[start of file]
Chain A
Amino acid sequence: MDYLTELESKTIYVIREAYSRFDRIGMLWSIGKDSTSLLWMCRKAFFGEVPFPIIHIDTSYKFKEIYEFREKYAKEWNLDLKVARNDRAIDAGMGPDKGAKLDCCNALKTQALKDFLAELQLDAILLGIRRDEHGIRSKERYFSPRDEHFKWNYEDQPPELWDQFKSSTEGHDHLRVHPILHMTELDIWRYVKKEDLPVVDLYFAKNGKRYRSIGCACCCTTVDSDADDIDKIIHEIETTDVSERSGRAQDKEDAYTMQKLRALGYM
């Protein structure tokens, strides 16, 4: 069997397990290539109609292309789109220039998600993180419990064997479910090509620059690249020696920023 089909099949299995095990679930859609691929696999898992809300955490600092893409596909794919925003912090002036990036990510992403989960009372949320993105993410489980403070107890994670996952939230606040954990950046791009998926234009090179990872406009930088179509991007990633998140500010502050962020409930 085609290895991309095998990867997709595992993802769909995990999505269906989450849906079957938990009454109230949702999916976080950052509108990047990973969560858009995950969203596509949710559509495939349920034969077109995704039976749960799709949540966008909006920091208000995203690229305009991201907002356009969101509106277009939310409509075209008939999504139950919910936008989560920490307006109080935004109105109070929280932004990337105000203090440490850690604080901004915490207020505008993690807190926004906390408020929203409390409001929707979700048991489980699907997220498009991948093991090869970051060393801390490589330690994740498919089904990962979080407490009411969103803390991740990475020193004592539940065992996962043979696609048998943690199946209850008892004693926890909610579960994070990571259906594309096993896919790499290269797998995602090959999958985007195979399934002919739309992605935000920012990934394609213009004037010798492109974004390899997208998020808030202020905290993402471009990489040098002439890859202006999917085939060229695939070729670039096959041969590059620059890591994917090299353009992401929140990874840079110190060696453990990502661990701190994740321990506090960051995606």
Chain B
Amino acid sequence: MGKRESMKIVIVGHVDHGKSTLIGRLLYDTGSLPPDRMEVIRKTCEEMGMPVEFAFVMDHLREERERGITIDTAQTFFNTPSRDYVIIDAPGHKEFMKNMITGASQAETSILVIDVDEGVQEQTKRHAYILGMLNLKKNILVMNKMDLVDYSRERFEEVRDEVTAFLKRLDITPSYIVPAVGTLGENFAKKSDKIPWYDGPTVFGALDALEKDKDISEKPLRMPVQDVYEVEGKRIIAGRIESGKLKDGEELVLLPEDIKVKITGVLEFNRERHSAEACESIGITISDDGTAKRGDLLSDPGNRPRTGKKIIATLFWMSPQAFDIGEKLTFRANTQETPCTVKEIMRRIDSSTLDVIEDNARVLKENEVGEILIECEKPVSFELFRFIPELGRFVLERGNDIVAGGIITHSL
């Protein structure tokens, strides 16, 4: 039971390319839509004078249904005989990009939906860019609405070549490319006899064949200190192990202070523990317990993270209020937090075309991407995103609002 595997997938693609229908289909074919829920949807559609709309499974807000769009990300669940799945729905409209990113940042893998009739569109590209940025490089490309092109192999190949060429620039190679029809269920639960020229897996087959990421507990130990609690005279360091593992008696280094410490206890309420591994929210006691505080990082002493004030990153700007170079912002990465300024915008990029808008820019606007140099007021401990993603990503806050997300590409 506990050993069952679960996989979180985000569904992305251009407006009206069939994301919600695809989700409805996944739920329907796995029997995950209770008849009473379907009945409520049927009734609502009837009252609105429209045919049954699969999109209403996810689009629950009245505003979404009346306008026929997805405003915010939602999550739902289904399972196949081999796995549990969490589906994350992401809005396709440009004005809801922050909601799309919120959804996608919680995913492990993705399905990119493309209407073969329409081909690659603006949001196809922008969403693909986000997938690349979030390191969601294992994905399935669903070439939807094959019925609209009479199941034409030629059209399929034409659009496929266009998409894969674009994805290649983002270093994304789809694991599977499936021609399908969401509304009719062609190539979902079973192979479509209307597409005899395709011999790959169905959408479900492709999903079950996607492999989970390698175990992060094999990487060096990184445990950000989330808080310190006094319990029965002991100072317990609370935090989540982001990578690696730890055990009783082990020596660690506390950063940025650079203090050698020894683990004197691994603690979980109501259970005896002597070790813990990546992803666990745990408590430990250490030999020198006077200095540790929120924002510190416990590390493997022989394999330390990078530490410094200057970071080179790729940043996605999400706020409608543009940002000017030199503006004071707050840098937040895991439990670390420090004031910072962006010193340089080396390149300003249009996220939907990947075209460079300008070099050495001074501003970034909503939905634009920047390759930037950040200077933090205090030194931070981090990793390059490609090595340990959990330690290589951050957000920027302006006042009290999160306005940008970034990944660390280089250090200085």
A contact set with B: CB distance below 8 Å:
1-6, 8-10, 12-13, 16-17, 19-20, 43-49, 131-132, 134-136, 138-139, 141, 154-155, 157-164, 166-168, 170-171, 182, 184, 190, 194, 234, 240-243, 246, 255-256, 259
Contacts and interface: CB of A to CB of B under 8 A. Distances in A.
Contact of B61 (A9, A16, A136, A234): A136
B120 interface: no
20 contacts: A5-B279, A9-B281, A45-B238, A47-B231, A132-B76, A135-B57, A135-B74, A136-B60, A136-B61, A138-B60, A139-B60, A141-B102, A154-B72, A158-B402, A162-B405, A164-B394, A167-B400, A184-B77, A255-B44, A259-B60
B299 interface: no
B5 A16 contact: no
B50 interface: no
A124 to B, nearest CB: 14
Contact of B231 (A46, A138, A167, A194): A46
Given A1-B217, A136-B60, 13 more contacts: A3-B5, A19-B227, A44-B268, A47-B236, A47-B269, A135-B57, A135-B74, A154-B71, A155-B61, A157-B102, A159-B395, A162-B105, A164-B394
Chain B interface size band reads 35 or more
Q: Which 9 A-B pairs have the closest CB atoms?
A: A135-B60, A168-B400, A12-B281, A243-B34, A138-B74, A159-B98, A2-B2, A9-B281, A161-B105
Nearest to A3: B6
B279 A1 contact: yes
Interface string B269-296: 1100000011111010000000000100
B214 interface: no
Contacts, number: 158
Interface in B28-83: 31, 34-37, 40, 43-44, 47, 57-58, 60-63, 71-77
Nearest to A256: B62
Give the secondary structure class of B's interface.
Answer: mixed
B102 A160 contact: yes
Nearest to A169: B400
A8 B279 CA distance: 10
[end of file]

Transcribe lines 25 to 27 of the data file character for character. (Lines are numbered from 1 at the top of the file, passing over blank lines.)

B214 interface: no
Contacts, number: 158
Interface in B28-83: 31, 34-37, 40, 43-44, 47, 57-58, 60-63, 71-77